On November 13th, Griffin and eight other POWs were put on a hospital ship headed for Japan. Also in this group was Maj. Williston M. Cox, whose B-25 was shot down in August. They were sent to Omori Prison Camp, and Griffin was officially declared a prisoner of war. While the prisoners were fed better than when they were in Rabaul, the camp was infested with lice, among other things. He was put to work at a rail yard, where he loaded and unloaded train cars. There, he befriended Otis Black, who had survived the Bataan Death March.
At the rail yards, it was possible to divert some of the food from its intended destination to their bellies. Between Black, a Navy electrician and a few others, they managed to steal an electric iron, rice, copper plates and insulators, and a bucket. This contraption became a rice cooker that could make about a gallon and a half of rice in 30 minutes. It was so powerful that the camp’s lights would dim anytime they turned it on. Soon, they started trading rice with other prisoners for items from the Red Cross packages. This kept up through the end of the war.
As combat operations ceased in August 1945, the prisoners noticed more U.S. planes flying in the direction of Tokyo. They were not informed of the cessation by the Japanese. This may have also given some prisoners the courage to sneak up to the roof of a nearby building and write “POW” in large letters for the aircrews to note and drop supplies. On the 26th, the prisoners woke up and found that the guards had left the camp. After getting picked up by a U.S. barge nine days later, they were truly free once again.
Read this story in Ken’s Men Against the Empire, Volume I.
Seventy-five years ago, Fifth Air Force units set out to strike the Japanese stronghold of Rabaul. Artist Steve Ferguson illustrated one moment of that mission below. This print was first shared last year.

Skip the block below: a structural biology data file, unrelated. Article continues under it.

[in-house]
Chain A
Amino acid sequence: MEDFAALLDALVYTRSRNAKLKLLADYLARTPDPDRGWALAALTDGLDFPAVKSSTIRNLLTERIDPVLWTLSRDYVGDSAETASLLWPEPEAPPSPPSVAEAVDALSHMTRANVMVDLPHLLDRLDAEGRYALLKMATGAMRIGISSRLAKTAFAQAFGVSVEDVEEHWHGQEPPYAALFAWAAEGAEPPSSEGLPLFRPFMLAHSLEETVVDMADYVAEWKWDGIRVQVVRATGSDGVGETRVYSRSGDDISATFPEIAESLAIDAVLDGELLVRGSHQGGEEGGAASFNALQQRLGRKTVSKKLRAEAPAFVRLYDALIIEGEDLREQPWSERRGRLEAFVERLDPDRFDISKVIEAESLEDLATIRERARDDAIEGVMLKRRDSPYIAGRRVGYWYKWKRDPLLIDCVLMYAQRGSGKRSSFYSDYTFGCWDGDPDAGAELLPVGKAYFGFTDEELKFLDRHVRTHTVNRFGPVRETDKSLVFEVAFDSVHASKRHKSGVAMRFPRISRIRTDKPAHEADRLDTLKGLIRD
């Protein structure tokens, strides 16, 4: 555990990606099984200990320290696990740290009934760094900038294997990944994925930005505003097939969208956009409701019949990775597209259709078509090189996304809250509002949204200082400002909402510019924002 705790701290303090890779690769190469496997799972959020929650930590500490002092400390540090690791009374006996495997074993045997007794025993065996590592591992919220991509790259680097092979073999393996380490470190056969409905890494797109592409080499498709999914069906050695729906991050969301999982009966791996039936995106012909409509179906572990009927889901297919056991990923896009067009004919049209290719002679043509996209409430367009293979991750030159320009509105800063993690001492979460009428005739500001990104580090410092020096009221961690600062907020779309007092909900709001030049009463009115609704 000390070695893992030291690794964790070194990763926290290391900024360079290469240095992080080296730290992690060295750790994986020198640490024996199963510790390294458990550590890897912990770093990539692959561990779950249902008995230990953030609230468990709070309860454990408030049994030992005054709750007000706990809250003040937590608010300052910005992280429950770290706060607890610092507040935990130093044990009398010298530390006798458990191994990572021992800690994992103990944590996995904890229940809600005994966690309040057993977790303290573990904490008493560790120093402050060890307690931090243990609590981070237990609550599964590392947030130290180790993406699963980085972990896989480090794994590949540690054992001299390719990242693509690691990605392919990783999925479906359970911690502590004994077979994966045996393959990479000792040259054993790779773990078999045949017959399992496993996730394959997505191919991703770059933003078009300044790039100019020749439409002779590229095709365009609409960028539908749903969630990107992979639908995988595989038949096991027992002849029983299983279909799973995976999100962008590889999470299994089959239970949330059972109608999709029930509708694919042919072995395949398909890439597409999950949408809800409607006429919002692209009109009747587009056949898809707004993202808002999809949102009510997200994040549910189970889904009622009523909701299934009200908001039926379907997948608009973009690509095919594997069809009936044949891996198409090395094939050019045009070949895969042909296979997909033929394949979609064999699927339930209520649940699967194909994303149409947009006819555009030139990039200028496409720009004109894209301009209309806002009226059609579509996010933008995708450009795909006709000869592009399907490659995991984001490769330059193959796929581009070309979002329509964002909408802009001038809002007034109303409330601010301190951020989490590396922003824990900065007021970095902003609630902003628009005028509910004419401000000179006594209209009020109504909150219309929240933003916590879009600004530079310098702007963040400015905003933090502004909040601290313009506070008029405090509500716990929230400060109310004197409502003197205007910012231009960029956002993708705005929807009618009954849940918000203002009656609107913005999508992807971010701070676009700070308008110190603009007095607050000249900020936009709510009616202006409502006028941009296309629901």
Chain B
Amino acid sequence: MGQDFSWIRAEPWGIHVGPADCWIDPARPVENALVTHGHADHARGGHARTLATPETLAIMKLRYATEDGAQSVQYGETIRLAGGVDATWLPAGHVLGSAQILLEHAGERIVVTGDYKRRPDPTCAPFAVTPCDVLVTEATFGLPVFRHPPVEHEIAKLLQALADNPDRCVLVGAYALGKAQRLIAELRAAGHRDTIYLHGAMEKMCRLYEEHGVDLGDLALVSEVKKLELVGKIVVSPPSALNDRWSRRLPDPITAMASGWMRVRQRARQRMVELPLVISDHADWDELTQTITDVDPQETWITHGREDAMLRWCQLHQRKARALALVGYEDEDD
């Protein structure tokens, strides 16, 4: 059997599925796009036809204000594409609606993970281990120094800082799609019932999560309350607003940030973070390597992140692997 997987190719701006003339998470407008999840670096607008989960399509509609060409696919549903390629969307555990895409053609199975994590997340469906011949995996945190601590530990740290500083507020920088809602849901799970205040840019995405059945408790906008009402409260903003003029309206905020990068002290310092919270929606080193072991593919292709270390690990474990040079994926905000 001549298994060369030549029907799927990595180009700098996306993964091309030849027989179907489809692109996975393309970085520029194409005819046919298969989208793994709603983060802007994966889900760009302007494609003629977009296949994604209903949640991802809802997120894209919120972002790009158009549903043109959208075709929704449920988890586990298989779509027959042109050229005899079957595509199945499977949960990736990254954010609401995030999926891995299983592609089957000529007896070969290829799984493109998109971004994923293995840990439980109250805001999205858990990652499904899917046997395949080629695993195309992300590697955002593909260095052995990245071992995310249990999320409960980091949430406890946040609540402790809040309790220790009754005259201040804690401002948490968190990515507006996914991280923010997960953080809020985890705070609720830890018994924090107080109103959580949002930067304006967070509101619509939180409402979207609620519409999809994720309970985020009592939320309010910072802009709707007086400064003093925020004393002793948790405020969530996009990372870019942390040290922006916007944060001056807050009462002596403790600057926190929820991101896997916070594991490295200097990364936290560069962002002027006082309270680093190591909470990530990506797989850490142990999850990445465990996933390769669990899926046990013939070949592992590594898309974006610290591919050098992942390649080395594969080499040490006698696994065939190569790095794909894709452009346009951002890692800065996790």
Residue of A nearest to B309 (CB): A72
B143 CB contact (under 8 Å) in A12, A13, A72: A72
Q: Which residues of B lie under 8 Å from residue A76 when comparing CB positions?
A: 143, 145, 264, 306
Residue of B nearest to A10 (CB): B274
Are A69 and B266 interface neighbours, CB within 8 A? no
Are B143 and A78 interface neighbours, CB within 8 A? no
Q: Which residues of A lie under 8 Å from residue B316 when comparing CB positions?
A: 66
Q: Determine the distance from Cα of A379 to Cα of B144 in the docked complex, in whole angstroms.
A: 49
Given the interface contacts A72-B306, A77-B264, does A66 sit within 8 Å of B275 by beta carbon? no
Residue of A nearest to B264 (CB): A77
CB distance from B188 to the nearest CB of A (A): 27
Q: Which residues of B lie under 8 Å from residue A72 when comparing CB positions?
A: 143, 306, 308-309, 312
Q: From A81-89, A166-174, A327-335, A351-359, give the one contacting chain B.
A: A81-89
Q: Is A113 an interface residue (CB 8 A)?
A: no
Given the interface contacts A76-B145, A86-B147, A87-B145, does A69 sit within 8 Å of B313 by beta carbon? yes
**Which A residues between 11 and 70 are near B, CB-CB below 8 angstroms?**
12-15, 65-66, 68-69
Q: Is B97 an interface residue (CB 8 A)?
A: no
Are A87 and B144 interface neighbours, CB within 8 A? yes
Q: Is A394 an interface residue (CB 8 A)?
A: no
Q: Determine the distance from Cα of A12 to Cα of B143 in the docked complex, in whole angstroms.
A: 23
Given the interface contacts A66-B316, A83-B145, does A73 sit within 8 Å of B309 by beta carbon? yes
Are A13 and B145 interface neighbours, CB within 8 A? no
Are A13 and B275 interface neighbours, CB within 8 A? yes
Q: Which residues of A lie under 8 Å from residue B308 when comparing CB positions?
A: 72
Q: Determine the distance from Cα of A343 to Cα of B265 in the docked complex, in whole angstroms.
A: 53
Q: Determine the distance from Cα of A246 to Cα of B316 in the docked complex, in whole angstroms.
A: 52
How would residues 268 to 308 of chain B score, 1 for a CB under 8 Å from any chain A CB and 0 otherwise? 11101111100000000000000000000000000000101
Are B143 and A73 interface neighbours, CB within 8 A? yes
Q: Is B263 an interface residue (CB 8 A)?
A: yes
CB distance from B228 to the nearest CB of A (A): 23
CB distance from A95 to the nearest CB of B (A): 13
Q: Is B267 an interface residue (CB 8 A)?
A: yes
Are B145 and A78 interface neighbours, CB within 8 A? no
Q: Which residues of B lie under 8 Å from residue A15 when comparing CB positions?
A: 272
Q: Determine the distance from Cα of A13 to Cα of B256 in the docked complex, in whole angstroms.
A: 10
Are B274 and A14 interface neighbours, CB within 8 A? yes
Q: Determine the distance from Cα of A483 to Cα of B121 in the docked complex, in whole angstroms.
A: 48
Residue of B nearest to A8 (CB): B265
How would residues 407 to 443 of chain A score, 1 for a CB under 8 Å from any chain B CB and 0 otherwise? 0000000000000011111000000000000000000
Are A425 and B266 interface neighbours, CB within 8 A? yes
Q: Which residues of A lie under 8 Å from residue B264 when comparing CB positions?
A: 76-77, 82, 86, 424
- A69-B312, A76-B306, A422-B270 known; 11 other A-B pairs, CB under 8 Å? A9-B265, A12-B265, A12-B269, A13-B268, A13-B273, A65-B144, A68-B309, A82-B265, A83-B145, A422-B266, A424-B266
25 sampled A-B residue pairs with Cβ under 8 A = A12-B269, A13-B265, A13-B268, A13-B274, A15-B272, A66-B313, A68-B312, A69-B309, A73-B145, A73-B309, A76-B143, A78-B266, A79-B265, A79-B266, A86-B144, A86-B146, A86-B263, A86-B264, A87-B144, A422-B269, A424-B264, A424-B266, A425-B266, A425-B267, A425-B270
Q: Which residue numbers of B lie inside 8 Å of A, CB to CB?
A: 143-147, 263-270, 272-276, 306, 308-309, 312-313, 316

On November 2, 1943, Fifth Air Force launched a massive low-level attack by B-25 strafer-bombers against harbor installations and shipping at the major Japanese fleet anchorage and base at Rabaul, New Britain. In the vanguard of the 71st Squadron’s strike, 1/Lt. James A. Hungerpiller flying SLEEPY TIME GAL and 1/Lt. J. E. Orr can be seen engaging their targets at mast-top heights. In the face of the hundreds of antiaircraft guns, Lt. Hungerpiller opened fire on two destroyers, scoring a direct hit with one of his bombs. Meanwhile, Lt. Orr opened fire on a harbor merchant ship while Lt. Hungerpiller’s aircraft quickly began to lose altitude because of severe AA damage. Recognizing the plight of this aircraft, he made a sharp right turn toward to heavy cruisers anchored just off the western shore of the harbor.
This painting depicts Lt. Hungerpiller’s SLEEPY TIME GAL, trailing a plume of fire and smoke, crossing beyond the bow of the heavy cruiser Haguro. In the foreground, Lt. Orr is opening fire on the Japanese merchant ship. With his left engine on fire and the aircraft severely damaged from a fuel tank explosion, Lt. Hungerpiller soon lost control his aircraft and plunged into the sea.